medwireNews: Tirzepatide improves glucose control more than semaglutide in people with type 2 diabetes by improving beta-cell function as well as boosting insulin sensitivity and reducing glucagon secretion, shows a randomized trial.
“Although dual actions on insulin secretion and insulin sensitivity have been previously reported for exenatide and semaglutide, our data show greater concurrent and larger improvements in islet function and insulin sensitivity with tirzepatide, leading to near-normalisation of glucose handling,” say the researchers.
“The net effect of these improvements with tirzepatide is to reduce β-cell workload, which might support sustained improvements in β-cell function and longer-term glycaemic control.”
Participants in the phase 1 study underwent a hyperinsulinemic euglycemic clamp and a hyperglycemic clamp at baseline and after 28 weeks of treatment.
Zvonko Milicevic (Eli Lilly, Indianapolis, Indiana, USA) and study co-authors used the results of these to calculate the disposition index: an overall measure accounting for both beta-cell function and insulin sensitivity.
Of the 102 people with type 2 diabetes included in the primary outcome analysis, the 39 randomly assigned to take tirzepatide, titrated up to 15 mg/week, had a large increase in the disposition index, from a least squares mean of 0.3 to 2.3 pmol m−2 L min−2 kg−1.
A further 39 people took semaglutide – titrated up to 1 mg/week, which was the highest dose approved at the time – and also had an increase in the disposition index, from 0.3 to 1.4 pmol m−2 L min−2 kg−1, whereas the 24 people given placebo had no change.
Both active treatments produced a significantly larger improvement in the disposition index compared with placebo, and there was also a significant difference between the two active treatments favoring tirzepatide.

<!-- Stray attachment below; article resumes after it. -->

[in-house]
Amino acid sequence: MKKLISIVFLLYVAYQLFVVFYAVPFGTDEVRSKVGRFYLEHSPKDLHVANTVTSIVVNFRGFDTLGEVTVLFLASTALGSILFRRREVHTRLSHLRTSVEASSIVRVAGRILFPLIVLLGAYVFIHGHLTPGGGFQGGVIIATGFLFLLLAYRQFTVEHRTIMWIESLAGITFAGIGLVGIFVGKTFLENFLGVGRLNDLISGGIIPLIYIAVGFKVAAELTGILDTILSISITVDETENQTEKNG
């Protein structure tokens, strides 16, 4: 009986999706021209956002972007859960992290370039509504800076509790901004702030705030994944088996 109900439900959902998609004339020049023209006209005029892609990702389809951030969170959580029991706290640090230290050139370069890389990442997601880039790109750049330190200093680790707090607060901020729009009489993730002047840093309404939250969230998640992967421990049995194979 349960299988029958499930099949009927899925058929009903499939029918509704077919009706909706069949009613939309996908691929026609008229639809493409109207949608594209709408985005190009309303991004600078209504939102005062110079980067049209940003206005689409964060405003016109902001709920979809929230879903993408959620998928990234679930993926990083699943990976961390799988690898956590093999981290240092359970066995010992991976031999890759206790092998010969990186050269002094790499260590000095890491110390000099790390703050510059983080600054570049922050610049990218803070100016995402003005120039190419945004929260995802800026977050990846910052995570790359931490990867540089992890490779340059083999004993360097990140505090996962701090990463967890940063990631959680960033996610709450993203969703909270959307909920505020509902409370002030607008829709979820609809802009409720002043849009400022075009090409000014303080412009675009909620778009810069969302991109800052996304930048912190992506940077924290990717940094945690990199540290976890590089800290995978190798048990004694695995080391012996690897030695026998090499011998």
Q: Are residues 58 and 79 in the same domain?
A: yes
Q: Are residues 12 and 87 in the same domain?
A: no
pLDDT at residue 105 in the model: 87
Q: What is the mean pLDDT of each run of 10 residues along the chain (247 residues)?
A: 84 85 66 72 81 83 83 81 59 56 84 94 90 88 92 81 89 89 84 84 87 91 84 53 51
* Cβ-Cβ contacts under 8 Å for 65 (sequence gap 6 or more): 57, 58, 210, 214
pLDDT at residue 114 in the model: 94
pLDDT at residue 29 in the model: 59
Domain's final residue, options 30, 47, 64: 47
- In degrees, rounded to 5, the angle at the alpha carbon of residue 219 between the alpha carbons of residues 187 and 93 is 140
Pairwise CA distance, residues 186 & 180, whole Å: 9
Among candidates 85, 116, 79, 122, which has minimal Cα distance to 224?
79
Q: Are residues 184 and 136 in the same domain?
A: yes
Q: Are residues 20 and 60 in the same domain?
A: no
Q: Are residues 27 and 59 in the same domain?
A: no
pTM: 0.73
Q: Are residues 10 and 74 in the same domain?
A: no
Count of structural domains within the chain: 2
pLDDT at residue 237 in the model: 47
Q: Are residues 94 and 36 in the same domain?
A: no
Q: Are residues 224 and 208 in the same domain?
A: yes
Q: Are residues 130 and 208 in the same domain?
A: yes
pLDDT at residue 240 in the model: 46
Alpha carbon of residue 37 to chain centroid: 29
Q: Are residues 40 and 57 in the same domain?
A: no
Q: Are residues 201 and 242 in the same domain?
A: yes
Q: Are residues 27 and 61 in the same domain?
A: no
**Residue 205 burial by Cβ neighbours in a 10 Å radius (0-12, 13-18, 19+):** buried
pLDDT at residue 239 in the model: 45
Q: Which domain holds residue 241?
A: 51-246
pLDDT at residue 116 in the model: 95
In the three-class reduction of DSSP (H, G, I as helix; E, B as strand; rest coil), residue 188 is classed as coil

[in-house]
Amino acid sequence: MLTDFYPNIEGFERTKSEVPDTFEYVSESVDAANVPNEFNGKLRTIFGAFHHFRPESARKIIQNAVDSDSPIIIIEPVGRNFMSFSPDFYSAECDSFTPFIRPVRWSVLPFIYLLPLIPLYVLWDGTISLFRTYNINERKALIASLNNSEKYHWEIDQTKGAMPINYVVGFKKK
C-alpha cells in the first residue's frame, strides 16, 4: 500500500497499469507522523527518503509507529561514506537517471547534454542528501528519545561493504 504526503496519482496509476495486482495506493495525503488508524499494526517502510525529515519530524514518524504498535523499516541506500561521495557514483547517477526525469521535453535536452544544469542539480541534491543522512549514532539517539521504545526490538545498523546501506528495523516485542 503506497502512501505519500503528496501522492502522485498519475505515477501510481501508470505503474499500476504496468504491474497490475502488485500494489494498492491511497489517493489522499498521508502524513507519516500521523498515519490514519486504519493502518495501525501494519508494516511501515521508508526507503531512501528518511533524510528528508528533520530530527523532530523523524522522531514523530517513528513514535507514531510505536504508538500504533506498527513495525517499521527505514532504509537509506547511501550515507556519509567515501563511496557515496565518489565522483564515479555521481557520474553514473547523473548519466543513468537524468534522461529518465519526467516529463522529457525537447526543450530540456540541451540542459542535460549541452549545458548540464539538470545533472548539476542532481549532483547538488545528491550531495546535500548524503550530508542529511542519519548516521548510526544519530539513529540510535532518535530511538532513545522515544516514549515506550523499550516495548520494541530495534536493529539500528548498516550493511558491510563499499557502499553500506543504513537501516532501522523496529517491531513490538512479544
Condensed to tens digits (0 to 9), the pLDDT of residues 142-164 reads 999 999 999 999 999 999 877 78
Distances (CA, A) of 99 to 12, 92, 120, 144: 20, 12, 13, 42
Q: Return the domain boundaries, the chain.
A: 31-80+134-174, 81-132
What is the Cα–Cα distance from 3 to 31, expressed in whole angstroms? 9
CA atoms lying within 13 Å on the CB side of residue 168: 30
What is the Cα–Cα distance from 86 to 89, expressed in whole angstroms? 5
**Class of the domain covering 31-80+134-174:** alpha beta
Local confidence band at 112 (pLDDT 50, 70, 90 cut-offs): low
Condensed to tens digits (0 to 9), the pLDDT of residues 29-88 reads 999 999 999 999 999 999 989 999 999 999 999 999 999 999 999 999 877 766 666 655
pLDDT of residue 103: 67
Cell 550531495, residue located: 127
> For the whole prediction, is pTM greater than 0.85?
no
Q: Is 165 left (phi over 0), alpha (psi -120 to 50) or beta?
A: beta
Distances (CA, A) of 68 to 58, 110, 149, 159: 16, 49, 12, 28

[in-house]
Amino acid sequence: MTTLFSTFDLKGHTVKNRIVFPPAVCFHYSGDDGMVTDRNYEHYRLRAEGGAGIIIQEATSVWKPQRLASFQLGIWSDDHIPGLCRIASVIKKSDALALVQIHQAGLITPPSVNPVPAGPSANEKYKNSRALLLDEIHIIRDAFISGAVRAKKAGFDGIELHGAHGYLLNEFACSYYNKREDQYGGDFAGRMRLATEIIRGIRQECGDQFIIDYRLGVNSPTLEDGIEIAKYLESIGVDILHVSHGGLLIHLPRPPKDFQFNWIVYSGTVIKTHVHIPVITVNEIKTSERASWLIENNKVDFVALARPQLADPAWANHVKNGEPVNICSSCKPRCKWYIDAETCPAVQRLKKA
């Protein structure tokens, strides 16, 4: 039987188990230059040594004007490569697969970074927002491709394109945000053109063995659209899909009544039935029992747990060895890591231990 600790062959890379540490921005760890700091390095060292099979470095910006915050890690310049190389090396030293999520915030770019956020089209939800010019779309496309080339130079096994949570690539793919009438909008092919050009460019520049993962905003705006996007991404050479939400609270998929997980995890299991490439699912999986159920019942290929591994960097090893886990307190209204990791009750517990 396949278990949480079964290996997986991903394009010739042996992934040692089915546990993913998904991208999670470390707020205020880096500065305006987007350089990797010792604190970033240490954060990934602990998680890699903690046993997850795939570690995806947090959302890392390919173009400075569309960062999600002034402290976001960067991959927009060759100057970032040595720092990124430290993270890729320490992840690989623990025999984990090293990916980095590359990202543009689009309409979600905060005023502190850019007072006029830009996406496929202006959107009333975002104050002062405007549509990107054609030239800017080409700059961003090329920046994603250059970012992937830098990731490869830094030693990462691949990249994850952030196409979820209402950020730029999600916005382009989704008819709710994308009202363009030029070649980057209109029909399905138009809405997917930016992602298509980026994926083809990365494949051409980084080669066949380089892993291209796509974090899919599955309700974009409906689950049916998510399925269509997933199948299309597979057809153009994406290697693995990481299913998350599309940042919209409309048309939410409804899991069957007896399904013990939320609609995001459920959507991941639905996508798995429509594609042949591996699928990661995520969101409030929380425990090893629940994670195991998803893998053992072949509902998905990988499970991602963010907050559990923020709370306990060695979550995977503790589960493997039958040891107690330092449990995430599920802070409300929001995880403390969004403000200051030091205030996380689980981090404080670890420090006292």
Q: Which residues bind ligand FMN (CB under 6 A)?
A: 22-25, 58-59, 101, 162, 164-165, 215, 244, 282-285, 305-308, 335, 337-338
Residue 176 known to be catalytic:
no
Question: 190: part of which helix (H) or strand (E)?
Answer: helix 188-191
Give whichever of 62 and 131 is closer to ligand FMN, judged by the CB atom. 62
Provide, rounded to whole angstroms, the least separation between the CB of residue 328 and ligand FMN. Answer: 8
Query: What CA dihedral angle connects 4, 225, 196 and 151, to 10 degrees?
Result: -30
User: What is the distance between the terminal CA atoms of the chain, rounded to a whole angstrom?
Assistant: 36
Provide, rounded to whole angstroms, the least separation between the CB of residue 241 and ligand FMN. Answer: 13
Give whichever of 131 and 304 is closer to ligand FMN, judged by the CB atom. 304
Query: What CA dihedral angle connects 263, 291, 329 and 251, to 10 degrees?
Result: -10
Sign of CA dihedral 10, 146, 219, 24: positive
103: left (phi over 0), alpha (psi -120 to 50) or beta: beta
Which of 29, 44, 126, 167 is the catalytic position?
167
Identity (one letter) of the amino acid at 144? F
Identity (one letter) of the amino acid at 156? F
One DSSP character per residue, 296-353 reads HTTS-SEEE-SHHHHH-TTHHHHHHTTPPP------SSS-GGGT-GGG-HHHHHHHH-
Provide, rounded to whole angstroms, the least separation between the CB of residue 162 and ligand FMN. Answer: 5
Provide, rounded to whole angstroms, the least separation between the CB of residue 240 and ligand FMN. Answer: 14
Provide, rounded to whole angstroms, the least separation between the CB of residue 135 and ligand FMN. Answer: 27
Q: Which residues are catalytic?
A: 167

“The significant increase with tirzepatide versus placebo far exceeded the effect anticipated in the power calculation,” the researchers comment in The Lancet Diabetes & Endocrinology.
The improvement in the disposition index was driven by increases in both insulin secretion and insulin sensitivity, they report.
First- and second-phase insulin responses increased 6.2-fold and 4.2-fold, respectively, in people taking tirzepatide and by a corresponding 4.7-fold and 3.6-fold in those taking semaglutide, whereas these both decreased slightly in the placebo group.
Again, the differences were significant between tirzepatide and semaglutide and for both active treatments versus placebo. Likewise, there were significant improvements in insulin resistance in people taking both active treatments versus placebo, with tirzepatide producing a significantly larger improvement than semaglutide.
Milicevic and team note that the 63% increase in insulin sensitivity came “in the context of a least squares mean weight loss of 11.2 kg.”
They say: “Notably, the plateau in weight loss had not been reached at the end of our study, indicating the potential for additional weight loss after 28 weeks of treatment and suggesting possible further improvement in insulin sensitivity with longer treatment.”
The majority of study participants were men, almost all were White, their average glycated hemoglobin level was around 62 mmol/mol (7.8%), and their average diabetes duration was about 10 years. Interventions were given in addition to metformin, with any other antihyperglycemic medications stopped 4 weeks before baseline.
The participants also underwent a mixed-meal tolerance test, showing large reductions in fasting and total glucose and insulin between baseline and week 28 with tirzepatide or semaglutide, as well as in glucagon. All changes were significant versus placebo and most were significantly larger for tirzepatide versus semaglutide.
The team says that the reduction in glucagon secretion likely contributed to the reduced glucose levels during the mixed-meal tolerance test, “thereby reducing insulin secretion requirements.”
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